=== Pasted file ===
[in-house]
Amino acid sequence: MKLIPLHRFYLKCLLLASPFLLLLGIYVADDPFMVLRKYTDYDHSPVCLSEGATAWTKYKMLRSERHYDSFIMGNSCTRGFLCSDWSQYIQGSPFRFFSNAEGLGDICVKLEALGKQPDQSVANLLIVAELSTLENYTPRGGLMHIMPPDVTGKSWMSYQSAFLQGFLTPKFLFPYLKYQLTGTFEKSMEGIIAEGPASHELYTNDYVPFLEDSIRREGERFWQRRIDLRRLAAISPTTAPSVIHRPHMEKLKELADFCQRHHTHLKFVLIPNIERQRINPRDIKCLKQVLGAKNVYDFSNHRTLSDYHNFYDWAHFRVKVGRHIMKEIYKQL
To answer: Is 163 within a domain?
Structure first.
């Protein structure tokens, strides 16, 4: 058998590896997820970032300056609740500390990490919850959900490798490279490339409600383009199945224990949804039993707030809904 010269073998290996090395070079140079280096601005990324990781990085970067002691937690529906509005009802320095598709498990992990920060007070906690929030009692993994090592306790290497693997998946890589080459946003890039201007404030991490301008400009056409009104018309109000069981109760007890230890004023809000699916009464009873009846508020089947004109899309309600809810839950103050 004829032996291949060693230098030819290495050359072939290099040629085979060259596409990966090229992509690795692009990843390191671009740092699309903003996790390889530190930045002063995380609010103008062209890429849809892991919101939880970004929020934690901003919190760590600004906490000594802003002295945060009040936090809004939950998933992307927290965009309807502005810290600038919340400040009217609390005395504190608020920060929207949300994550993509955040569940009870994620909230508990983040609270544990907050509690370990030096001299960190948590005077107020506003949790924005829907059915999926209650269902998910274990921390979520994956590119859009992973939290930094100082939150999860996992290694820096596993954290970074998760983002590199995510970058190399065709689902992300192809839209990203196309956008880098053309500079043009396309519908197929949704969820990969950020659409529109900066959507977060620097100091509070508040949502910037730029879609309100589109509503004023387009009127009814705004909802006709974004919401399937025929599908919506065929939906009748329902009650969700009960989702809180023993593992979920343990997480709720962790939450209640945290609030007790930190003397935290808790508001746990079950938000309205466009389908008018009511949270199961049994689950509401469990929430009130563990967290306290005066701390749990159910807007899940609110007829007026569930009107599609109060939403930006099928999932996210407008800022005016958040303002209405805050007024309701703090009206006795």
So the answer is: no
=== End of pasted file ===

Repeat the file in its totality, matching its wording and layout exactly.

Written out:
[in-house]
Amino acid sequence: MKLIPLHRFYLKCLLLASPFLLLLGIYVADDPFMVLRKYTDYDHSPVCLSEGATAWTKYKMLRSERHYDSFIMGNSCTRGFLCSDWSQYIQGSPFRFFSNAEGLGDICVKLEALGKQPDQSVANLLIVAELSTLENYTPRGGLMHIMPPDVTGKSWMSYQSAFLQGFLTPKFLFPYLKYQLTGTFEKSMEGIIAEGPASHELYTNDYVPFLEDSIRREGERFWQRRIDLRRLAAISPTTAPSVIHRPHMEKLKELADFCQRHHTHLKFVLIPNIERQRINPRDIKCLKQVLGAKNVYDFSNHRTLSDYHNFYDWAHFRVKVGRHIMKEIYKQL
To answer: Is 163 within a domain?
Structure first.
């Protein structure tokens, strides 16, 4: 058998590896997820970032300056609740500390990490919850959900490798490279490339409600383009199945224990949804039993707030809904 010269073998290996090395070079140079280096601005990324990781990085970067002691937690529906509005009802320095598709498990992990920060007070906690929030009692993994090592306790290497693997998946890589080459946003890039201007404030991490301008400009056409009104018309109000069981109760007890230890004023809000699916009464009873009846508020089947004109899309309600809810839950103050 004829032996291949060693230098030819290495050359072939290099040629085979060259596409990966090229992509690795692009990843390191671009740092699309903003996790390889530190930045002063995380609010103008062209890429849809892991919101939880970004929020934690901003919190760590600004906490000594802003002295945060009040936090809004939950998933992307927290965009309807502005810290600038919340400040009217609390005395504190608020920060929207949300994550993509955040569940009870994620909230508990983040609270544990907050509690370990030096001299960190948590005077107020506003949790924005829907059915999926209650269902998910274990921390979520994956590119859009992973939290930094100082939150999860996992290694820096596993954290970074998760983002590199995510970058190399065709689902992300192809839209990203196309956008880098053309500079043009396309519908197929949704969820990969950020659409529109900066959507977060620097100091509070508040949502910037730029879609309100589109509503004023387009009127009814705004909802006709974004919401399937025929599908919506065929939906009748329902009650969700009960989702809180023993593992979920343990997480709720962790939450209640945290609030007790930190003397935290808790508001746990079950938000309205466009389908008018009511949270199961049994689950509401469990929430009130563990967290306290005066701390749990159910807007899940609110007829007026569930009107599609109060939403930006099928999932996210407008800022005016958040303002209405805050007024309701703090009206006795």
So the answer is: no